, our teachers and coordinators for the writing immersion retreat. We will discuss my writing project. ☼
June 26, 2011. Last night when I could not sleep, I turned on the lights and returned to my historical fiction in progress, my MORNING SUN. I reviewed the next three chapters, entering the troubled areas of my novel. I did not like what I read. I decided the scenes could be condensed. Combine the chapters, move the story along. I had gone on too long in moments that filled the space without fulfilling the story.
☼ June 28, 2011. The day before yesterday was a struggle to write. I spent seven hours being stuck, trying to find words that refused to form on the page for MORNING SUN. And it was here at the beginning of Chapter Six where I had lost my agents years ago. I stepped away and went to the window for both air and inspiration. I repeated the quote I recently read:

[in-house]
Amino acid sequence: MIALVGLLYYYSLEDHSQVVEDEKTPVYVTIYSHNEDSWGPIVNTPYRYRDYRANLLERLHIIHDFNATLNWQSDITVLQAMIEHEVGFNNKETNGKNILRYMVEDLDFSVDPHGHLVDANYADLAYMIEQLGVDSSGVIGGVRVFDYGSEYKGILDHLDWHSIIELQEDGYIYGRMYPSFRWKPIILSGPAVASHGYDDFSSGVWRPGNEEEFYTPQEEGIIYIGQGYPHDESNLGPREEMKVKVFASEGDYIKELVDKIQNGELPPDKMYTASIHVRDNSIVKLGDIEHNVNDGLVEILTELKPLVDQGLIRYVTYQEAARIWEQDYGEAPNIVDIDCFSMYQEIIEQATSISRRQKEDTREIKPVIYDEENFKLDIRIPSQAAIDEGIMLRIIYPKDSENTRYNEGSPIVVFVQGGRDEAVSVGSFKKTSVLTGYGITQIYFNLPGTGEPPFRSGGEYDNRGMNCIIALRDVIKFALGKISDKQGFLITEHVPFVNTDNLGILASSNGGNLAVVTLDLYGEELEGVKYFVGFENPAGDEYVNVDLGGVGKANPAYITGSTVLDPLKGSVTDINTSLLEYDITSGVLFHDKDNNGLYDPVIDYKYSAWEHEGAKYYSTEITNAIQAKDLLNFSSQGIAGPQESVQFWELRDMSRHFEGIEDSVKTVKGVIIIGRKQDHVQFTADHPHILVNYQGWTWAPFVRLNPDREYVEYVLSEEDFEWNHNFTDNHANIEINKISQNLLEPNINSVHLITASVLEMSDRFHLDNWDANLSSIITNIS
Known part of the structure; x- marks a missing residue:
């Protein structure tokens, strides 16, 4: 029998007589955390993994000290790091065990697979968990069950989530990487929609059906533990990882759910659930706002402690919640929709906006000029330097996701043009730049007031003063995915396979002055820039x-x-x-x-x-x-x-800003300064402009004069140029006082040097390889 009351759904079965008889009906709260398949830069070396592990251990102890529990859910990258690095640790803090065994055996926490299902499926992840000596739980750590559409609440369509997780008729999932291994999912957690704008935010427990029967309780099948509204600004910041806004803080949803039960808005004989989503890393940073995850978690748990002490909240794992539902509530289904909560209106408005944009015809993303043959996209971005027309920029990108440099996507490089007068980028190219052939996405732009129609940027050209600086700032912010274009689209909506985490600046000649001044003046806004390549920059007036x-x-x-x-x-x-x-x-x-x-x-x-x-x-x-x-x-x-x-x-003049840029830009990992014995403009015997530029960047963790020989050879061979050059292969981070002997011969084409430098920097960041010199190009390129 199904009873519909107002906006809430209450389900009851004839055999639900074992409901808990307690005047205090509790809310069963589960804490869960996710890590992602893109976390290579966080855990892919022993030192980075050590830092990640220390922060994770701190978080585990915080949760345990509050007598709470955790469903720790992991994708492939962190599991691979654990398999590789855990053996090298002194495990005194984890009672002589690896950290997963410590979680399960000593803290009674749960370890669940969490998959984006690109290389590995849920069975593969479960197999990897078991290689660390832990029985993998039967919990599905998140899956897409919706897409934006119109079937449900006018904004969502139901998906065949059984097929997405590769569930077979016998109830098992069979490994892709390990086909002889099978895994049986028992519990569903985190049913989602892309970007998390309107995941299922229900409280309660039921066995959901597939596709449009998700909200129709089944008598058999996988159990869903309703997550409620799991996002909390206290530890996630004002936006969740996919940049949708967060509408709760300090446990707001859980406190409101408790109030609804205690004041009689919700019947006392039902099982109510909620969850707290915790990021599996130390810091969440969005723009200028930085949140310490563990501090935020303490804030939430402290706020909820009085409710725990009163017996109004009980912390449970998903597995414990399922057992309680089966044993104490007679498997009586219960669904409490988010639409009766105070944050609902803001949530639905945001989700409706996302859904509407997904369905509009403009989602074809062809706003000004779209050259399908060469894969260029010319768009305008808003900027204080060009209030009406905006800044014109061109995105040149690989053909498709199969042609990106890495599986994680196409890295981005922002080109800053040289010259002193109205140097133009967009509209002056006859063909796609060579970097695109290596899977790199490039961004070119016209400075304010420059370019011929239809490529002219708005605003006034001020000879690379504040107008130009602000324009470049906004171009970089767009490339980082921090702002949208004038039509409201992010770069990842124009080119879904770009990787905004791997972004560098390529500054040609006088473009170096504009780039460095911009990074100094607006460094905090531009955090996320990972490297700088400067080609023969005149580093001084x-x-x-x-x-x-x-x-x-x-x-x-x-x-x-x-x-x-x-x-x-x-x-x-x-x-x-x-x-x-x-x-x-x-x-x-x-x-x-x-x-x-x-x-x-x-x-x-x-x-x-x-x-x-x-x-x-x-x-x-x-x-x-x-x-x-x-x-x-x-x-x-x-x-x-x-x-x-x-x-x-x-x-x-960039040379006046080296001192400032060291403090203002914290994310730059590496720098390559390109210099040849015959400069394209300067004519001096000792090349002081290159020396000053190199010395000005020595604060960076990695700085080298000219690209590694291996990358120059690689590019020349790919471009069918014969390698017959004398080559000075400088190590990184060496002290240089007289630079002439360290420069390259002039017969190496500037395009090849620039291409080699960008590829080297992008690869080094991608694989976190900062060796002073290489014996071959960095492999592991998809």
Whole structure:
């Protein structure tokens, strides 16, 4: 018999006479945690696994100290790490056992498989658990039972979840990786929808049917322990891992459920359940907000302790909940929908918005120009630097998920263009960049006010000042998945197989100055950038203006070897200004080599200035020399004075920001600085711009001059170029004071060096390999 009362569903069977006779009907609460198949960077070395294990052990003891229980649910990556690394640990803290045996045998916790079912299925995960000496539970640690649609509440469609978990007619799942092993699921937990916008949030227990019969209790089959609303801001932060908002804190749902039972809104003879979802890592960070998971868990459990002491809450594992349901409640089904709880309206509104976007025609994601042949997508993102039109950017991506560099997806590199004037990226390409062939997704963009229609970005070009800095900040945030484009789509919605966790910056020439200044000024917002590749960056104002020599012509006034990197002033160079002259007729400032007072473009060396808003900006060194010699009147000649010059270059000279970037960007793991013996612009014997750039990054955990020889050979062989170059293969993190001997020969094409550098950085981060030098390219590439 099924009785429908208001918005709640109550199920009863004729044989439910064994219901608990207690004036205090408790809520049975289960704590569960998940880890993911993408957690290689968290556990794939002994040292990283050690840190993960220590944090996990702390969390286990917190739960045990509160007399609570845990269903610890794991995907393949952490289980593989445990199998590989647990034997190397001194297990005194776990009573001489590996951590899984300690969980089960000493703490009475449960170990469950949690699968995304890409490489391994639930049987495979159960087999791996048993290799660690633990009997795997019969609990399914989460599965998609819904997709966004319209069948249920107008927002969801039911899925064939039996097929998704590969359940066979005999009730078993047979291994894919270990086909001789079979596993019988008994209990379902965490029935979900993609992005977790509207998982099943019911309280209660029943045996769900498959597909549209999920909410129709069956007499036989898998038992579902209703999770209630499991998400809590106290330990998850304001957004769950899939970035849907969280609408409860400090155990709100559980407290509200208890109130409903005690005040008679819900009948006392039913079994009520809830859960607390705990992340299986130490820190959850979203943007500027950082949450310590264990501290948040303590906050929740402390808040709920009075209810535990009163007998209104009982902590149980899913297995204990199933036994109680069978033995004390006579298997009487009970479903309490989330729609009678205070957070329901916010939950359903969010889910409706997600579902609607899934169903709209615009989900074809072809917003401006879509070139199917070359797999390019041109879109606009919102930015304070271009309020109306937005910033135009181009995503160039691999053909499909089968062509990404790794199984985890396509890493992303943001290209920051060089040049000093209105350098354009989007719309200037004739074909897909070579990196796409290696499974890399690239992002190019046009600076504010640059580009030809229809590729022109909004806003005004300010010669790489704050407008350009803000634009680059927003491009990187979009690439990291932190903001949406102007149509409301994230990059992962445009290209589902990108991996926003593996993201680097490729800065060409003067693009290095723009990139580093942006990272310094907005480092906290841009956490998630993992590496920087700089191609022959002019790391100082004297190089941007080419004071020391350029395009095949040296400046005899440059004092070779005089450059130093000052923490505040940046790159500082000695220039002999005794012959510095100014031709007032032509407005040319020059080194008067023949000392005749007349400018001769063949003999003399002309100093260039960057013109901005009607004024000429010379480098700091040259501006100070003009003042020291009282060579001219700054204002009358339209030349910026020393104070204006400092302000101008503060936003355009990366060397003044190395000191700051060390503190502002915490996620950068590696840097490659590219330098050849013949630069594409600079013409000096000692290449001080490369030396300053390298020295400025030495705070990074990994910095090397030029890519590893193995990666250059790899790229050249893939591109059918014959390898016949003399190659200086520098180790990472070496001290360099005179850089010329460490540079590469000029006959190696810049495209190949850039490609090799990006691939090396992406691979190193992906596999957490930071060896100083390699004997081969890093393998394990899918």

Just when the caterpillar thought the world was ending, it became a butterfly.
I returned to my desk. The words still did not come. Later that day when I went to check my emails by the window out in the hallway, I saw a caterpillar wriggling and crawling near me. It was in the process of becoming a butterfly. I saw it as a good omen, even if I had felt beaten in the last few hours.
Prior to going to bed I attempted to write again at a table in one of the main rooms. Again nothing came to me. Stephen walked by and asked how my writing was going. I told him it was bad. He sat down, and we talked about the chapter that was giving me trouble. He listened and gave me two ideas that ended up breaking me free.
The next day, the fourth day here at Spannocchia